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Post-Super Bowl NFL Mock Draft Roundup: Which mediocre QB does everyone assign to the Redskins?

It's QB hunting season!

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NCAA Football: College Football Playoff Semifinal-Orange Bowl-Alabama vs Oklahoma John David Mercer-USA TODAY Sports

The Super Bowl is over and we know the draft order for the 1st round and it’s time for a new round of mock drafts! We are still less than 3 weeks away from the NFL Scouting Combine and 11 weeks away from the start of the NFL draft. Most people have the Redskins taking a QB this year, and some even have them trading up for one. Alex Smith is likely to miss the 2019 season, and is possibly done playing in the NFL(Don’t tell Bruce Allen that, he’ll deny anything).

This is arguably a weak class for QBs, especially if you are picking in the middle of the 1st round(#15) like the Redskins will be this year. There are several potentially QB-needy teams ahead of the Redskins this year(Giants, Jaguars, Broncos, Raiders, Dolphins), which could cause a QB run on this year’s Ponder/Locker/Gabbert collection of QBs. It’s lying season and there are plenty of rumors flying around about which QBs Washington likes.

Should the Redskins draft a QB in the 1st round? Should they even consider trading up for any of this year’s QBs? Which non-QB will help the Redskins most this year?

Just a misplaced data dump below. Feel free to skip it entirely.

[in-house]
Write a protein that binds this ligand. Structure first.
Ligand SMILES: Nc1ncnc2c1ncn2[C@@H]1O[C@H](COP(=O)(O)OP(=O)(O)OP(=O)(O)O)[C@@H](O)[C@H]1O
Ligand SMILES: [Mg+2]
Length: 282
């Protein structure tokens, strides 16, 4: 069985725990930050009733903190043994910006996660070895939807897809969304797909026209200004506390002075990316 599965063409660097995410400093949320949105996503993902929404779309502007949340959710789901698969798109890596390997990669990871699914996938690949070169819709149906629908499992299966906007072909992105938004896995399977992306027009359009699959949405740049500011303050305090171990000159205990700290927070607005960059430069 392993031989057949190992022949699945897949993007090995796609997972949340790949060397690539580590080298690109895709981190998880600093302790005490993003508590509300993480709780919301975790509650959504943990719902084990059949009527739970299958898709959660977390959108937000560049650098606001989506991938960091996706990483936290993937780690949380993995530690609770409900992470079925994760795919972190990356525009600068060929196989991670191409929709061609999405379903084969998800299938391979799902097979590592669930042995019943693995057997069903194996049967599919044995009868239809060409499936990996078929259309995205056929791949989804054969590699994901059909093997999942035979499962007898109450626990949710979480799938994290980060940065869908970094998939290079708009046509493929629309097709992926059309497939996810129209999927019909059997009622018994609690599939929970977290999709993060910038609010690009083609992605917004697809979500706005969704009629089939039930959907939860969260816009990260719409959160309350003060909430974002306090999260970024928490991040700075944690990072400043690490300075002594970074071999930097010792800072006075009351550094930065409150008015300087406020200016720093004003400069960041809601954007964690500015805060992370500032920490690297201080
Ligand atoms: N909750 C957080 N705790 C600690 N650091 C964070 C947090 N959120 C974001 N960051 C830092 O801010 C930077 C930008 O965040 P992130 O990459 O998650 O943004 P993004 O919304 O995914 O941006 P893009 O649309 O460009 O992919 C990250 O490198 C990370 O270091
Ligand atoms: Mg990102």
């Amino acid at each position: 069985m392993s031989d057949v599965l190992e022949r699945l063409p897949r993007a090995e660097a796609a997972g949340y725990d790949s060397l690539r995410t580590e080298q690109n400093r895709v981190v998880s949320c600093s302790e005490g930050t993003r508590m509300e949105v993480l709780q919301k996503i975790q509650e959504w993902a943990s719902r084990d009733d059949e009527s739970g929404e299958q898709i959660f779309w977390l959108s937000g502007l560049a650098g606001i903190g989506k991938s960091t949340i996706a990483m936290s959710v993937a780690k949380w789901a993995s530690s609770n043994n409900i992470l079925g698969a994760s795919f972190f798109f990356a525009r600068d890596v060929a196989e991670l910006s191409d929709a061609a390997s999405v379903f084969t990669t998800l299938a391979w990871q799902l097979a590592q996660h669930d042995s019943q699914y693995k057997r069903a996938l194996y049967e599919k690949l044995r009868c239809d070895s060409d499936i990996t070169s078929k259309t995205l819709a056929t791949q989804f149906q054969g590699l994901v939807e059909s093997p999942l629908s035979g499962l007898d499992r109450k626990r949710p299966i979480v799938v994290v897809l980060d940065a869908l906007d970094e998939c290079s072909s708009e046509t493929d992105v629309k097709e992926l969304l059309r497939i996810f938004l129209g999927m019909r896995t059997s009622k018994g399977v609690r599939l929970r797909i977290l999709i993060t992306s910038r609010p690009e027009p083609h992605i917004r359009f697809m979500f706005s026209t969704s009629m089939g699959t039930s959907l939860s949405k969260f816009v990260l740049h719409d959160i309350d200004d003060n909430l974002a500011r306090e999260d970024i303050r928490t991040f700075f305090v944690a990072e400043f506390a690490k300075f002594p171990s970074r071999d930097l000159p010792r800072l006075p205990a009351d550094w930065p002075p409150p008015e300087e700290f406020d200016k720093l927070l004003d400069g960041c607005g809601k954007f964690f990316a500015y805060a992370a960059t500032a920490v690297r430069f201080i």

Kyler Murray, QB, Oklahoma

SB Nation

There are conflicting reports on Alex Smith’s future football after his gruesome injury last season. If there is doubt, Washington should not hesitate to select Murray if he’s available with the 15th pick.

Round 2: Deionte Thompson, S, Alabama

After a big splash in the first round in Murray, Washington could play it a little safe in the second round and fill a need. Thompson has excellent coverage skills and could start in Washington as a rookie.

USA Today

With Alex Smith’s status for 2019 still unclear after multiple surgeries to take care of a broken leg, Washington could find itself in a bind this offseason as the team ponders both its short- and long-term plans. Murray’s future is similarly uncertain as he continues to weigh pursuing football over baseball, but he might be the Redskins’ ticket to pushing through to a new era rather than being mired in quarterback purgatory.

Baltimore Sun

For as long as he’s open to playing football, Murray will be the draft’s biggest fascination. The diminutive Heisman Trophy winner could go in the top five or fall out of the first round. The Redskins have just as big an unknown under center: Will Alex Smith be ready to play at any point next season? And will his broken leg and post-operative infections forever limit his potential as a dual-threat quarterback?

Pro Football Focus (Trade up to #9 with the Bills)

With Alex Smith out in 2019 and his career at this point in jeopardy, the future of the Redskins quarterback position has to be addressed. It’s time to think about a rebuild in Washington.

CBS Sports(Trapasso)

TRADE, ya’ll. Last week, I presented the prudent decision for the Redskins: Stay put and snag Lock at 15. Here, with Lock and Haskins gone, the Redskins get antsy and move into the top 10, ahead of the Broncos, Bengals, and Dolphins, and swing for the fences with Murray.(Buffalo gets Washington’s third and fifth-round picks in the trade.)